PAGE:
• On a more delicate note, breathing through the mouth means swallowing air, which often produces excessive gas.
  • Short-faced dogs frequently can't deliver their puppies because the puppies have such large rounded heads. C-sections under general anesthesia are typically required, and short-faced puppies are exceptionally fragile and have a higher mortality rate than puppies with normal heads.
  • Short-faced dogs are risky to anesthetize, requiring extra-special precautions for neutering, dental cleaning, and x-rays.

Brachycephalic syndrome isn't a disease that your Shih Tzu "might get." It's a syndrome that ALL short-faced dogs are born with. Their respiratory system is structurally compromised, and they all suffer some degree of associated health problems.



That's why, from a health perspective, the more normal-looking your Shih Tzu is . . . the better.


Some things you can do to help your Shih Tzu:

  • Keep him slim. Extra weight means that he has to breathe harder to carry it around.
  • Wash and dry his face after every meal or long drink of water.
  • In hot or humid weather, keep him in an air-conditioned home as much as possible.
  • When he goes outside in hot or humid weather, don't let him get over-excited or over-active. Short-faced dogs have a high risk of heatstroke because they can't pant vigorously enough to lower their body heat.
  • NEVER leave him alone in a car. Even if it doesn't seem particularly warm outside to you, and even with the windows rolled down part-way, heat and stuffiness can build up rapidly and a short-faced dog can die.
  • Teach him not to pull on the leash, or else walk him with a harness. A collar puts pressure on his windpipe. Make sure the harness is shaped so that it wraps around his CHEST, not around his throat. A Y-shaped harness is what you want, not a figure-8-shaped harness.
  • Keep him away from chemicals that could irritate his respiratory system. This means no smoking in the house and no chemical cleaning products (buy natural cleaners from the health food store). Keep him away from freshly-cut grass, and indoors as much as possible during pollen season.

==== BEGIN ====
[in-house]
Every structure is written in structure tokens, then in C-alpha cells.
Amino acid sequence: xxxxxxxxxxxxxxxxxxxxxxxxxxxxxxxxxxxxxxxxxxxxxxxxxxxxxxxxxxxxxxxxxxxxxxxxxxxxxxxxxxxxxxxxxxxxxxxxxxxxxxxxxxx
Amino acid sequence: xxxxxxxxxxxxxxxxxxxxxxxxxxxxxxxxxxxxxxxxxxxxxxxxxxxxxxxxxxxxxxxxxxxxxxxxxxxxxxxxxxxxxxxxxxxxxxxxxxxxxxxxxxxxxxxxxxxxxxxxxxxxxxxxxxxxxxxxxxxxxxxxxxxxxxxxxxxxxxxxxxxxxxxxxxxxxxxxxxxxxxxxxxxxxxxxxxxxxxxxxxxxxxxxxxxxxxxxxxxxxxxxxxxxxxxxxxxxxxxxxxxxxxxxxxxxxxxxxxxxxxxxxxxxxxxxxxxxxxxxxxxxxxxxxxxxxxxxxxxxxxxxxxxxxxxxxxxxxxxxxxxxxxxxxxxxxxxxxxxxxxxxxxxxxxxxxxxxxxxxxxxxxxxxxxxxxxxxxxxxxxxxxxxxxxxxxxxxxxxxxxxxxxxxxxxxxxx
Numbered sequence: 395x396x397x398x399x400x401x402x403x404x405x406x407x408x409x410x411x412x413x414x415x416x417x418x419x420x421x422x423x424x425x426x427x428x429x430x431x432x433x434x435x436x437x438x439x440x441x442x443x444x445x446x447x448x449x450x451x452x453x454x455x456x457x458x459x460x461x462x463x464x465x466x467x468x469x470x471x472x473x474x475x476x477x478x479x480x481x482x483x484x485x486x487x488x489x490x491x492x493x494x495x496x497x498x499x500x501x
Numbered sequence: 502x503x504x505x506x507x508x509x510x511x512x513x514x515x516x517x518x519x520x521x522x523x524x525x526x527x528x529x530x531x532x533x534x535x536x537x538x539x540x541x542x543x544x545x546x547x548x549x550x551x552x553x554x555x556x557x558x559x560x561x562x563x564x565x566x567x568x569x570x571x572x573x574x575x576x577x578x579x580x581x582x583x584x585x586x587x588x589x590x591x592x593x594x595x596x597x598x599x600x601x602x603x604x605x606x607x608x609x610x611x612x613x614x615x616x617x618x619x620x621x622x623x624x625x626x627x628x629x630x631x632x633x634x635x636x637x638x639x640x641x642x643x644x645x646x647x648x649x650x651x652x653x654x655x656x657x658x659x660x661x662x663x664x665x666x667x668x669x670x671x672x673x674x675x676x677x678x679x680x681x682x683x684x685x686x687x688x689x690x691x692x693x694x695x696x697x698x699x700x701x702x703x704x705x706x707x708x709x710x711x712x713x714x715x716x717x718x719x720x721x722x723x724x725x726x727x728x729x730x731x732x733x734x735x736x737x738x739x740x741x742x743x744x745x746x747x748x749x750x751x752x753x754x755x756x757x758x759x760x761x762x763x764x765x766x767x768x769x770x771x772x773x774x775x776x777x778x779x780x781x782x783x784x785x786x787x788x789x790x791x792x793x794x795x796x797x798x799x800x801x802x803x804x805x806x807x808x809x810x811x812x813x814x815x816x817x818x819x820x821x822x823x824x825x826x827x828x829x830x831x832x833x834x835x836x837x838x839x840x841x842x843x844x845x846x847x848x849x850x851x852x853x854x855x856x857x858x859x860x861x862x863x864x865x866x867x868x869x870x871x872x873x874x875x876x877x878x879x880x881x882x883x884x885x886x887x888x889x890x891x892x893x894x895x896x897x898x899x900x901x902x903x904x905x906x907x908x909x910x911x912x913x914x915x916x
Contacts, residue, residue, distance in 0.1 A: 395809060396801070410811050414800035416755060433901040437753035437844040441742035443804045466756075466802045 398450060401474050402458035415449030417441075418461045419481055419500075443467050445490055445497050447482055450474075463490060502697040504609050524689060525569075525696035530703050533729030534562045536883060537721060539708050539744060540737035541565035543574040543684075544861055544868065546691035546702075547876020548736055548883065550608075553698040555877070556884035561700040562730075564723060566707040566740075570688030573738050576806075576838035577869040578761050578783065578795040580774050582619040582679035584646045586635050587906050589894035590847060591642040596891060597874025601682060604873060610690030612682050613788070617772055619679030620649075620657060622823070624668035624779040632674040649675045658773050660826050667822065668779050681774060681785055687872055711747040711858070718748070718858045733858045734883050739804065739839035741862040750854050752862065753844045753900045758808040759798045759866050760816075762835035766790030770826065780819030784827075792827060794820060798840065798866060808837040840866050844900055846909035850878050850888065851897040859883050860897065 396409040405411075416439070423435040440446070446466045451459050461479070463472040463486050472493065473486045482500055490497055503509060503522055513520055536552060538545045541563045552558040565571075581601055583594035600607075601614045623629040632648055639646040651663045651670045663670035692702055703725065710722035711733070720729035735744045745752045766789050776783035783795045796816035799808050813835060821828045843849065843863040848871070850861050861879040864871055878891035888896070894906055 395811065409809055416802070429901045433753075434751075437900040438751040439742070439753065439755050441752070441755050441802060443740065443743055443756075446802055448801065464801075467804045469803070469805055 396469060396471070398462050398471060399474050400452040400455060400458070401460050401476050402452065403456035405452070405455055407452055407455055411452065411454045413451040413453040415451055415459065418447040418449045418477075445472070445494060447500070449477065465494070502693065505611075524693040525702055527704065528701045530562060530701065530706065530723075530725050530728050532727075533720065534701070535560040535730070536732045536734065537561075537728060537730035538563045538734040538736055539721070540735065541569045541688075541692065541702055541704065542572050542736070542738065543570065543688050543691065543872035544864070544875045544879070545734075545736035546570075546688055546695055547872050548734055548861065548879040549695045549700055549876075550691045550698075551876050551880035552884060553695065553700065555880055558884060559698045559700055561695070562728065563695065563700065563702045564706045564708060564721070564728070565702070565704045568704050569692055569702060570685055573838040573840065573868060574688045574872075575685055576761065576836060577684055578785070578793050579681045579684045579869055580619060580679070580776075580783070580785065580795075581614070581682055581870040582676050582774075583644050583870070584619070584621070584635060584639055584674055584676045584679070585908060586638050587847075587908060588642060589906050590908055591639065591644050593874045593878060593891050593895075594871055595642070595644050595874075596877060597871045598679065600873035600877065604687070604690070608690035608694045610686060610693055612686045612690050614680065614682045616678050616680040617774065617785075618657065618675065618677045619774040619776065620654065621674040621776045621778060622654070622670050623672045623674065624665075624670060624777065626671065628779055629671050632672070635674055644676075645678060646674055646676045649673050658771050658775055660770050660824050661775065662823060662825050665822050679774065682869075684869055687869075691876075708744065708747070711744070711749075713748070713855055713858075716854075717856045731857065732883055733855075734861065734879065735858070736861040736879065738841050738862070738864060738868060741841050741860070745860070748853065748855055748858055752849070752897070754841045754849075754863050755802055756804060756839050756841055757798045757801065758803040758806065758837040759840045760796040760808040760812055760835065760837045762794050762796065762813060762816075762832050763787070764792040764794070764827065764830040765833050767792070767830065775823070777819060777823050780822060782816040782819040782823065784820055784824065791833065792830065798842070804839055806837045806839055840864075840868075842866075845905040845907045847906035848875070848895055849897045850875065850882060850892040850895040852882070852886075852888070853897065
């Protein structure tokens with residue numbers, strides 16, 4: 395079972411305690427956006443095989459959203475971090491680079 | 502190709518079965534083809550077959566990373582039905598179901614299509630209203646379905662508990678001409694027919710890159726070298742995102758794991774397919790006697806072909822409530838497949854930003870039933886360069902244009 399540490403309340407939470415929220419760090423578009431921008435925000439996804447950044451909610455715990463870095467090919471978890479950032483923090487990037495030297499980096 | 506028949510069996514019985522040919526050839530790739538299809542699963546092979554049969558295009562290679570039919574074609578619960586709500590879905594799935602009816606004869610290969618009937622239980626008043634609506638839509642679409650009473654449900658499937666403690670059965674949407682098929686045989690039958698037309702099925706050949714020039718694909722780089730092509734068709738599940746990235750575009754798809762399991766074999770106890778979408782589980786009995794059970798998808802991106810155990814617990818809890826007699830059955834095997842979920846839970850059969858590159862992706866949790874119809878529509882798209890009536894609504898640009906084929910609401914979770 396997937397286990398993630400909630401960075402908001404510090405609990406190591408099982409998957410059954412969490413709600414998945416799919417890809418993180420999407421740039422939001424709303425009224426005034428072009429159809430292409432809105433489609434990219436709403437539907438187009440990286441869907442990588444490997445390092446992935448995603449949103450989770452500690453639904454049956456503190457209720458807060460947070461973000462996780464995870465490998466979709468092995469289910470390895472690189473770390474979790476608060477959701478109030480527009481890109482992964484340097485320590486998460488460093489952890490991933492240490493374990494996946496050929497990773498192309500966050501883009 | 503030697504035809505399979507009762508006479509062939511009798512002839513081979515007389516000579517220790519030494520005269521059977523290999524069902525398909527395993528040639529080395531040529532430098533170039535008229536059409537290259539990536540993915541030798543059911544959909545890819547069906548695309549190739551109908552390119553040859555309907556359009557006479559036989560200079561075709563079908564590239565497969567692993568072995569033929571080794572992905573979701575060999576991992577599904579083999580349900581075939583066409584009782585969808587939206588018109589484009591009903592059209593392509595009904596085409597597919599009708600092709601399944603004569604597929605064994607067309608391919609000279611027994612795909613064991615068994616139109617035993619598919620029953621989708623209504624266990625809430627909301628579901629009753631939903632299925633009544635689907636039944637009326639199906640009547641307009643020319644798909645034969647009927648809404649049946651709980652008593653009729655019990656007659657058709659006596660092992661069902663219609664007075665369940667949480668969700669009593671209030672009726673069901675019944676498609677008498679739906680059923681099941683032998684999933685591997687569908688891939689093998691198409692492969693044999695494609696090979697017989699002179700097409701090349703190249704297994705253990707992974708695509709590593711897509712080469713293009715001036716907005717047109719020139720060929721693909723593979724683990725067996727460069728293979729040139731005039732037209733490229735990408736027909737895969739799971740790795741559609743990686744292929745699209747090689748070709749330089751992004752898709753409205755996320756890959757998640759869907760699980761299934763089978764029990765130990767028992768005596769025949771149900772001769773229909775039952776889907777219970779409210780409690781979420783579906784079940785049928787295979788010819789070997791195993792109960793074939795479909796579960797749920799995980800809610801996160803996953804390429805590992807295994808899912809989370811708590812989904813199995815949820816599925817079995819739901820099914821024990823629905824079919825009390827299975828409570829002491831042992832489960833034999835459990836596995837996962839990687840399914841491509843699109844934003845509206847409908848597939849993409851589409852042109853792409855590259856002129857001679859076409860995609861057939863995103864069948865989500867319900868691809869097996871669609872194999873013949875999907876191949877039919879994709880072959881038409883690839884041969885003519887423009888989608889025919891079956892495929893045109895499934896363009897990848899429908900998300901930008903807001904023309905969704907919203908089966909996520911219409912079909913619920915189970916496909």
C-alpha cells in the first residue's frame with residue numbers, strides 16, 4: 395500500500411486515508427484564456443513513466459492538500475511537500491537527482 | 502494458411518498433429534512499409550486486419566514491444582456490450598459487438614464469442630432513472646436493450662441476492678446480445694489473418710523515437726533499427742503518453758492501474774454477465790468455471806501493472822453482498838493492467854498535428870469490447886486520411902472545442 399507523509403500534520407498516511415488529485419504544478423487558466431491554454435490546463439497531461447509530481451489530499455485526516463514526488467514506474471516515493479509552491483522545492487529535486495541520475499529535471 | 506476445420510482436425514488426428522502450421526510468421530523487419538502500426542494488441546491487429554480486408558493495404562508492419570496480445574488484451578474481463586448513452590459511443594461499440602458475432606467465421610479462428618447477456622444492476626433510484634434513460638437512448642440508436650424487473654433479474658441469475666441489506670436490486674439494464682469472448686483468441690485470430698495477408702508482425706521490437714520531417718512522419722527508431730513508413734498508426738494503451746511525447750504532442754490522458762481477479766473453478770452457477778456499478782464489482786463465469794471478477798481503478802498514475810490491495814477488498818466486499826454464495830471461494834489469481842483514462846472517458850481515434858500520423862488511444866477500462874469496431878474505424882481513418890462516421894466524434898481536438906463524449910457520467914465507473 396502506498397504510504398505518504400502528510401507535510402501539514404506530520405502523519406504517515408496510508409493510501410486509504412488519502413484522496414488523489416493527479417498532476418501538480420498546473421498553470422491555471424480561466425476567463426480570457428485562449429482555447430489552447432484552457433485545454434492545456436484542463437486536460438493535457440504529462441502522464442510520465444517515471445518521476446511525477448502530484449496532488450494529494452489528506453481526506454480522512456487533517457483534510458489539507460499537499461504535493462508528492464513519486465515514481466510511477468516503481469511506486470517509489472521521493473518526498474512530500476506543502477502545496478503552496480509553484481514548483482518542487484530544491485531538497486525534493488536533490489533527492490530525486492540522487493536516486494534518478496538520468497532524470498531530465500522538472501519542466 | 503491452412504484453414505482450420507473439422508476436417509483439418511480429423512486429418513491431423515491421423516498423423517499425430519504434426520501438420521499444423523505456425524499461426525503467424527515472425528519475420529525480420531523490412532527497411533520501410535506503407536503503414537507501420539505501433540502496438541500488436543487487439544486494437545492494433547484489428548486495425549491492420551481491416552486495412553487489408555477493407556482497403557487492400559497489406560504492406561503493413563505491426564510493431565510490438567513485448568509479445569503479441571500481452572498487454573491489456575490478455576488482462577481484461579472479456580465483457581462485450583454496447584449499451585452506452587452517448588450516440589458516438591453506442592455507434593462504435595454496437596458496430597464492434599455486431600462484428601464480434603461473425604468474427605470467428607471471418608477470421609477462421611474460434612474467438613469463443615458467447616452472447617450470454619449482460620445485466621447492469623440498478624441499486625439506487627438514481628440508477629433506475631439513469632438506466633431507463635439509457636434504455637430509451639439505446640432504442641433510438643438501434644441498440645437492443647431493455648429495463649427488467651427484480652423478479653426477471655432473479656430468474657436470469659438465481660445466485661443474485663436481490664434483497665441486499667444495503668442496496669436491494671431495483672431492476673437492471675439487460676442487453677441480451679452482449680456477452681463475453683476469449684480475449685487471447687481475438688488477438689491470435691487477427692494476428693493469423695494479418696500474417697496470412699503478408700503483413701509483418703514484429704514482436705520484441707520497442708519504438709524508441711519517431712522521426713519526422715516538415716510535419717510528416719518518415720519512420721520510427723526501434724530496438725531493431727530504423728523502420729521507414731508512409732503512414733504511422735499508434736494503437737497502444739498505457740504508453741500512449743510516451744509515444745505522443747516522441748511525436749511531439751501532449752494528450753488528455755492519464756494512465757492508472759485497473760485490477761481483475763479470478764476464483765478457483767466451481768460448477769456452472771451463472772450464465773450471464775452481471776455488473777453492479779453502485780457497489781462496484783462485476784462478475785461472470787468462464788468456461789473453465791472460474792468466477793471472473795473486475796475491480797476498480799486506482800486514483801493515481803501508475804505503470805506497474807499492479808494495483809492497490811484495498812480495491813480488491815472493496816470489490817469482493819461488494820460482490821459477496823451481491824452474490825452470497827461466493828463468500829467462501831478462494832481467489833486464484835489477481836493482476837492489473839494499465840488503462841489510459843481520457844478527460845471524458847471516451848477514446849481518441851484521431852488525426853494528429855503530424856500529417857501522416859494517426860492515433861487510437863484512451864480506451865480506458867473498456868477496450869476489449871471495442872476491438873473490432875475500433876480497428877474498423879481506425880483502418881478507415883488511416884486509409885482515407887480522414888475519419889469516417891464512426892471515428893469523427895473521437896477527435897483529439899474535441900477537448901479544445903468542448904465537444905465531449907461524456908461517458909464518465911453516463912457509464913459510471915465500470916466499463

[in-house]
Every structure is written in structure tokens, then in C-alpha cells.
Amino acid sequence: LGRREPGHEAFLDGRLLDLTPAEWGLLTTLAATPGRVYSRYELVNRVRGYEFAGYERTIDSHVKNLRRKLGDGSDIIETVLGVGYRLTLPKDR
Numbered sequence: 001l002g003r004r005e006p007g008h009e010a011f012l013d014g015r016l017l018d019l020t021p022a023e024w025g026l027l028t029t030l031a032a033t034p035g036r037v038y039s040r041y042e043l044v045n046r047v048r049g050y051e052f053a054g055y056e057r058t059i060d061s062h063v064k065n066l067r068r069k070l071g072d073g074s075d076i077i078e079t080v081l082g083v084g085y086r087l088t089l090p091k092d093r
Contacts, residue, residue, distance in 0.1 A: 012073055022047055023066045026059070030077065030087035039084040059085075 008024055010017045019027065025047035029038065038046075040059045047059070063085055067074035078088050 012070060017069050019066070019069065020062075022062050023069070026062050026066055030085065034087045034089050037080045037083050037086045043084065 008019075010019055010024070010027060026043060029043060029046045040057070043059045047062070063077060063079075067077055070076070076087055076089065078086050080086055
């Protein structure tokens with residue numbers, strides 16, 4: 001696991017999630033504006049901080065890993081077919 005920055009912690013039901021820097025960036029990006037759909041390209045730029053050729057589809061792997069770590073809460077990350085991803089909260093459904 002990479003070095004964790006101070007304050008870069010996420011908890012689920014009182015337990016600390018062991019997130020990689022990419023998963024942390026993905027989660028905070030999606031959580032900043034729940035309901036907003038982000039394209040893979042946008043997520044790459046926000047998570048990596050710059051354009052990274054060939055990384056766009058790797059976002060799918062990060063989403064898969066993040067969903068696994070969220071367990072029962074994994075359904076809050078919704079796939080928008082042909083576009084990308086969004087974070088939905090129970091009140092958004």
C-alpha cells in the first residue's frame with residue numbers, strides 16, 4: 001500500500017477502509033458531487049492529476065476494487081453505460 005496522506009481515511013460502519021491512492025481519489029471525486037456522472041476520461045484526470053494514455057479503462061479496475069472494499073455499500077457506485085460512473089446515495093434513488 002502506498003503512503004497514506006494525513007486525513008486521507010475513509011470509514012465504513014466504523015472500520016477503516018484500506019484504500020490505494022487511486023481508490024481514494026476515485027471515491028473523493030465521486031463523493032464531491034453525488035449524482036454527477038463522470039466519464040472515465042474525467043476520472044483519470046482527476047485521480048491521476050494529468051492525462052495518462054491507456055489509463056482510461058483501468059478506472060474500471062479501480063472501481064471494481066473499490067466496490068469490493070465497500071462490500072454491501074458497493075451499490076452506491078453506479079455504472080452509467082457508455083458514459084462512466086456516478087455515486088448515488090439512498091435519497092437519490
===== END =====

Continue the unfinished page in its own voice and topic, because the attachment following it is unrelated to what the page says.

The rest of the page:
• Make sure your vet uses only the most modern anesthetics (such as isoflurane). Insist on having his heart and breathing monitored by special equipment whenever he must go under anesthesia. Many vets are NOT careful enough with short-faced breeds.



How long do Shih Tzus live, and what health problems do they have?

Typically 10-14 years, but they're not necessarily healthy throughout their long life! You should definitely read my full article, How Long Do Shih Tzu Live?




Do crossbred or mixed breed Shih Tzus make good pets?

They do make good pets, yes, with the most common cross being a Shih-Poo (Shih Tzu crossed with Poodle). But first you need to know what a purebred dog really is -- and what crossbred and mixed breed dogs really are. You might think you know, but I bet you'll be surprised by my articles: The Truth About Purebred Dogs, The Truth About Crossbred Dogs, and The Truth About Mixed Breed Dogs.




Can you help me decide whether the Shih Tzu is the best breed for me?

Yes, I offer personal consultations on choosing the best breed for your family and lifestyle. Learn more about my Dog Breed Consulting Service.




Do male dogs or female dogs make better pets?

Ah, let the debate begin! Honestly, male Shih Tzus have pros and cons, and female Shih Tzus have pros and cons. Visit Male Dogs versus Female Dogs




If I just want a dog for a pet, not for showing or breeding, does it matter whether he has AKC registration papers?

First you need to know what registration papers really mean -- and don't mean. You might THINK you know -- but you might be wrong! Find out the truth about AKC Registered Puppies: Are AKC Papers Important?.